Minister of State (Department for Environment, Food and Rural Affairs)
17th Mar 2021
To ask the Secretary of State for Environment, Food and Rural Affairs, how many horses entered Great Britain from Northern Ireland in each month from January 2020 to February 2021 inclusive.

The Animal and Plant Health Agency (APHA) has completed a report in the Trade Control and Expert System and the Post Import Management System, and has not identified any matching consignments of these imports for 2020 or 2021.

When the TPA was renegotiated between the UK, the Republic of Ireland and France it was decided that there would be no requirement for certification and/or electronic moves to be recorded between the UK and the Republic of Ireland and the Republic of Ireland and the UK. Therefore, there are no records held on the number of TPA equidae moves between the UK and the Republic of Ireland on any APHA database or TRACES.

This was also the case for all other moves of unregistered Equidae between to UK and Republic of Ireland. As part of the TPA renegotiations, it was determined that no paperwork was required for these moves either. Therefore APHA does not hold any records on these movements.

From 1 January 2021, these agreements ceased and export health certification is required for all Equidae moves between the UK and the Republic of Ireland.

Victoria Prentis
Minister of State (Department for Environment, Food and Rural Affairs)
17th Mar 2021
To ask the Secretary of State for Environment, Food and Rural Affairs, how many dogs entered Great Britain from Northern Ireland in each month from January 2020 to February 2021 inclusive.

APHA have competed a report in the Trade Control and Expert System and the Post Import Management System, and have not identified any matching consignments of these imports for 2020 or 2021.

As dogs from Northern Ireland moving to Great Britain do not require any notification or health certification, we are not able to provide any data regarding this.

Victoria Prentis
Minister of State (Department for Environment, Food and Rural Affairs)
17th Mar 2021
To ask the Secretary of State for Environment, Food and Rural Affairs, how many dogs entered the UK from the EU in each month from January 2020 to February 2021 inclusive.

The number of dogs imported from the EU to the UK from January 2020 to February 2021 are as follows:

Month

Total Number of Dogs

Jan 2020

3810

Feb 2020

3391

Mar 2020

1987

April 2020

934

May 2020

4,90

June 2020

5202

July 2020

6309

Aug 2020

5273

Sept 2020

6826

Oct 2020

7031

Nov 2020

6944

Dec 2020

8293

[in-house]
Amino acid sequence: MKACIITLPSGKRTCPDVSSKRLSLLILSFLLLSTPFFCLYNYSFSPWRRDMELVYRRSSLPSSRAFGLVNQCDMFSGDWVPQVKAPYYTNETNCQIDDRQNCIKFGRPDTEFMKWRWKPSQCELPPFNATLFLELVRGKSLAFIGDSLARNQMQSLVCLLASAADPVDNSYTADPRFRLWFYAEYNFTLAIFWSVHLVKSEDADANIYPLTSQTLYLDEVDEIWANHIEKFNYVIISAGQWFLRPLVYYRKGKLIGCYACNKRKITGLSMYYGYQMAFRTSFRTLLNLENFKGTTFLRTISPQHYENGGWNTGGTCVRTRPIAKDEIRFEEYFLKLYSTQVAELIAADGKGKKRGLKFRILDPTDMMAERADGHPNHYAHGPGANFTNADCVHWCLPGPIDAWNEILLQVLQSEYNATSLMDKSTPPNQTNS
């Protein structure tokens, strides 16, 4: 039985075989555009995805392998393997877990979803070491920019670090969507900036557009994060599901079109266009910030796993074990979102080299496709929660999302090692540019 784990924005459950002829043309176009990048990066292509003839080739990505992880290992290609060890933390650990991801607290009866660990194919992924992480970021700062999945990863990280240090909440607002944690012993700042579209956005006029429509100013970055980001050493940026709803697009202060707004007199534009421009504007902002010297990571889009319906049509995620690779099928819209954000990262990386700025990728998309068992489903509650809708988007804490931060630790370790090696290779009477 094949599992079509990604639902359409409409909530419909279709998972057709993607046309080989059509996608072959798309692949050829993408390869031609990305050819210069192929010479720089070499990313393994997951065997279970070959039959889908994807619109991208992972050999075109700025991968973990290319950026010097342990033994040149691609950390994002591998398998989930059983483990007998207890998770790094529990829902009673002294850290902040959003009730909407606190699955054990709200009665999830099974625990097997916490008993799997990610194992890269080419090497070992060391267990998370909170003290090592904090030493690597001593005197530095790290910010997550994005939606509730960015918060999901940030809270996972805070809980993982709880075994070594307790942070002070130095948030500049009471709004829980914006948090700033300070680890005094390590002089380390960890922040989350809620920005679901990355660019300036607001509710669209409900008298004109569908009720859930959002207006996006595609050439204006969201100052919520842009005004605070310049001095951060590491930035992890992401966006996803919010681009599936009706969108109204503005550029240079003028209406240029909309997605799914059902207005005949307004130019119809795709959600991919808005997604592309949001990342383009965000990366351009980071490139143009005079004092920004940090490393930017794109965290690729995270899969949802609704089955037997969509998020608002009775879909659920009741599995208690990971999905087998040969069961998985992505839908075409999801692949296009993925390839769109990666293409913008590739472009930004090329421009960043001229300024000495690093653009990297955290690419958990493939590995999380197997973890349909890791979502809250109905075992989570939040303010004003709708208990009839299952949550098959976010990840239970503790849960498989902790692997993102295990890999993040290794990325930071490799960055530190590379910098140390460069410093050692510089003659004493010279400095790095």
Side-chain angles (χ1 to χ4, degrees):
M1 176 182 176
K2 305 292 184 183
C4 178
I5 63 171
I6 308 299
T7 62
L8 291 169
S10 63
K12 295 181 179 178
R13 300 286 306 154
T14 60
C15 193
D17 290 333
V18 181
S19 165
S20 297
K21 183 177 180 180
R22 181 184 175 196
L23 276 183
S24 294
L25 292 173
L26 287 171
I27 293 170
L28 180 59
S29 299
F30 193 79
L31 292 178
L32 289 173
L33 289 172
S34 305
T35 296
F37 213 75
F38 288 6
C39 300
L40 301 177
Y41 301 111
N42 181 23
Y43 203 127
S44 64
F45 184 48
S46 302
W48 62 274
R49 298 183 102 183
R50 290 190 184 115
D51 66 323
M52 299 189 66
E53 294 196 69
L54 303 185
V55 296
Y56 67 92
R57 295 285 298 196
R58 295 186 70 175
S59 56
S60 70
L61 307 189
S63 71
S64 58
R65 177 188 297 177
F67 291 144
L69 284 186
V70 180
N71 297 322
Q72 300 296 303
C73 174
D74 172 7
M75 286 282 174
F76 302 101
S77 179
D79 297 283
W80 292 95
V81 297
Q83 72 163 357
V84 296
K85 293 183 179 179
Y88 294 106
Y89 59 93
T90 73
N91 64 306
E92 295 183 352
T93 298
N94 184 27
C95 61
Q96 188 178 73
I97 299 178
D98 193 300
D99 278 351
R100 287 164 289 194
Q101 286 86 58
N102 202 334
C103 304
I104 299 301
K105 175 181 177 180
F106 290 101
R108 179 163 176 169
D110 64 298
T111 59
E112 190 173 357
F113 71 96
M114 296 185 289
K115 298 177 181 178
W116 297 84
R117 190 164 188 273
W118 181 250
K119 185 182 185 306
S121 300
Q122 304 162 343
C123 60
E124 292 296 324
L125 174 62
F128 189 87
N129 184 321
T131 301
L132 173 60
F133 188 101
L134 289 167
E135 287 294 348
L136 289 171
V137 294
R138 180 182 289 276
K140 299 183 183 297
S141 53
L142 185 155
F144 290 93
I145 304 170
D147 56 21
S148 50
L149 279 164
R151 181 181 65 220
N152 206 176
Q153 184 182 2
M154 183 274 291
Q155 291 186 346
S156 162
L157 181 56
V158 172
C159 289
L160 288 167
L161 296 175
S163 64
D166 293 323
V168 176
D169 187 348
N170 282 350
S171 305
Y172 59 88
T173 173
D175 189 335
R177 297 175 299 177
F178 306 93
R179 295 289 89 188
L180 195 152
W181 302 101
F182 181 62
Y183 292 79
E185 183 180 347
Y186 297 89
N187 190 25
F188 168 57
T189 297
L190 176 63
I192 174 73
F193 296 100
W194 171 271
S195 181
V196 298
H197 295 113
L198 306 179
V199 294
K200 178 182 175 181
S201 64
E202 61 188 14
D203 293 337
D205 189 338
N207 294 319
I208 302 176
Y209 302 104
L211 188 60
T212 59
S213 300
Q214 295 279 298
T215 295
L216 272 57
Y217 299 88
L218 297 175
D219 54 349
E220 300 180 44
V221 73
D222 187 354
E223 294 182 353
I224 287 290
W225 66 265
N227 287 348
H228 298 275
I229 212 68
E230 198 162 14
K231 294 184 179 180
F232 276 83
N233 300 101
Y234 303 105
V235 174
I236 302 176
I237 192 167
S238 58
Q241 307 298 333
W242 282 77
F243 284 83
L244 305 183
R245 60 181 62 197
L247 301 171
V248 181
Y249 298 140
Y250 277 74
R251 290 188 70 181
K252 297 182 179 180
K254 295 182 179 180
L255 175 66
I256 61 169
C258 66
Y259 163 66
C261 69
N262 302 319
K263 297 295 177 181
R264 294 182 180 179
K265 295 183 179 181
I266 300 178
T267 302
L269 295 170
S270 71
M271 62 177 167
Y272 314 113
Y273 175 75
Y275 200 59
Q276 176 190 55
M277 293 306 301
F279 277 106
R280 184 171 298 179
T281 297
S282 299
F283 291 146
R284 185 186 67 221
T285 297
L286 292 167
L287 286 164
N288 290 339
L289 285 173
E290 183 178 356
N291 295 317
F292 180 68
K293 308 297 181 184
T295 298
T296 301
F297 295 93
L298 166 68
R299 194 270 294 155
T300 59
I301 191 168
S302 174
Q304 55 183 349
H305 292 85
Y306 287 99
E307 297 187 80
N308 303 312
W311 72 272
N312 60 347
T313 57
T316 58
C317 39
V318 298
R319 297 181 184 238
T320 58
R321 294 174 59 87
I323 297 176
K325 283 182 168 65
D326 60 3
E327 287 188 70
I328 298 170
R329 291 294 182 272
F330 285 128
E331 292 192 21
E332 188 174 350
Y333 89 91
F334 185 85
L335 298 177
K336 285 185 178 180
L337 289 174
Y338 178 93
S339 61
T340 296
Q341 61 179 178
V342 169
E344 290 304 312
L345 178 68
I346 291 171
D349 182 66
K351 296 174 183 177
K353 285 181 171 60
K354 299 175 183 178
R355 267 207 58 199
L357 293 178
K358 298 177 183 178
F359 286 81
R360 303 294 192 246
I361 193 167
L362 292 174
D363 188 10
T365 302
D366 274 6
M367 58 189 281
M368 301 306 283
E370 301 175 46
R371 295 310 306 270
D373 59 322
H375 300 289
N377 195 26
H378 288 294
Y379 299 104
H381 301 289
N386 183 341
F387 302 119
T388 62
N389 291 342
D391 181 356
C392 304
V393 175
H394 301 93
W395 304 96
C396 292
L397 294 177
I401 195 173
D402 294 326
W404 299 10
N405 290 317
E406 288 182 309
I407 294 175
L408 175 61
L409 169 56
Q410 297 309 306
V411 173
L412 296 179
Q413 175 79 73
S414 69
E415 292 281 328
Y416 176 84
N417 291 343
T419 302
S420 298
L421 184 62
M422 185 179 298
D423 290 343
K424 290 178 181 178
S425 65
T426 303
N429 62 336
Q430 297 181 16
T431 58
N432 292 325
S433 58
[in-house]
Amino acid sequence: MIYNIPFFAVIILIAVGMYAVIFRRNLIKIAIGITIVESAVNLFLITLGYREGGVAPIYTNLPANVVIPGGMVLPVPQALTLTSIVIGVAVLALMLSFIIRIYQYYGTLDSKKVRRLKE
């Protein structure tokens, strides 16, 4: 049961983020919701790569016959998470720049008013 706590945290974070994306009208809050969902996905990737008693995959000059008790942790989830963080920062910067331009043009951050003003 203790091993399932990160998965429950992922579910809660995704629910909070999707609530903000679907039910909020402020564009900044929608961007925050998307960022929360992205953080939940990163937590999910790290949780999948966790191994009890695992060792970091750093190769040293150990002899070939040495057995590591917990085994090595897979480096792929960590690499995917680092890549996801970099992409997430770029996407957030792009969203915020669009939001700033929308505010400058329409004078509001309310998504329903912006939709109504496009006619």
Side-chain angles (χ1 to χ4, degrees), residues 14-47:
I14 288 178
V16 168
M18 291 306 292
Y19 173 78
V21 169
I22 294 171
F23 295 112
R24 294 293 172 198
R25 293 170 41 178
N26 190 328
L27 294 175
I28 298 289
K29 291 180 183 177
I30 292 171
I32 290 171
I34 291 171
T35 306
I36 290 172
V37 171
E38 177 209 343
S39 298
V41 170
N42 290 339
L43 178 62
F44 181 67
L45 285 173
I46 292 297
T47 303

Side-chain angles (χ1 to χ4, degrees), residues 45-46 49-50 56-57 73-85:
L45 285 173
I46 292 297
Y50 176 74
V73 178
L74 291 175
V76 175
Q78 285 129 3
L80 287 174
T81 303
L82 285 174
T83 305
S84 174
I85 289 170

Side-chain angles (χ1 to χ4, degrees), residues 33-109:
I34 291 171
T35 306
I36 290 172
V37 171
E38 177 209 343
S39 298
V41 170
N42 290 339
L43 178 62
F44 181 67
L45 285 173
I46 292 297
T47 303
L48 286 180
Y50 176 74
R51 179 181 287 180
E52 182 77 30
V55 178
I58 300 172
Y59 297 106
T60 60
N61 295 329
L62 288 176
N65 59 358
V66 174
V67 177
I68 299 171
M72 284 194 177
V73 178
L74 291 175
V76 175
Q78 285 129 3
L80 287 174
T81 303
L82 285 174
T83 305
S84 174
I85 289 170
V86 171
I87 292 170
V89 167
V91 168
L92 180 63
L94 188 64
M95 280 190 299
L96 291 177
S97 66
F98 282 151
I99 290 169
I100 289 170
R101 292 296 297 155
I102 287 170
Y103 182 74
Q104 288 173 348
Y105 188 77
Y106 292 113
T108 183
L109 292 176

Jan 2021

1225

Feb 2021

5923

This data was extracted from the Trade Control and Expert System (TRACES). TRACES is a European Commission system employed by EU member states to facilitate and record animal/animal product movements into and throughout the EU.

This response has been compiled by the Animal and Plant Health Agency from data provided by third parties, and as such is reliant on the providers for the accuracy of the information.

Victoria Prentis
Minister of State (Department for Environment, Food and Rural Affairs)
17th Mar 2021
To ask the Secretary of State for Environment, Food and Rural Affairs, how many horses entered the UK from the Republic of Ireland in each month from January 2020 to February 2021 inclusive.

The Animal and Plant Health Agency has completed a report in the Trade Control and Expert System and has not identified any matching consignments of these imports for 2020.

The following information is for 2021:

Month

Total Number of Equines

Jan 2021

91

Feb 2021

235

There are no records of movements for 2020. The UK, Republic of Ireland and France all formed the Tripartite Agreement and there was no requirement for certification or electronic moves to be recorded. From 1 January 2021,this agreement ceased and export health certification is required for all Equidae moves between the UK and Republic of Ireland.

Victoria Prentis
Minister of State (Department for Environment, Food and Rural Affairs)
17th Mar 2021
To ask the Secretary of State for Environment, Food and Rural Affairs, how many animals entered the UK from the Republic of Ireland in each month from January 2020 to February 2021 inclusive.

The number of live animals imported from the Republic of Ireland to the UK from January 2020 to February 2021 are as follows:

Month

Total Number of Live Animals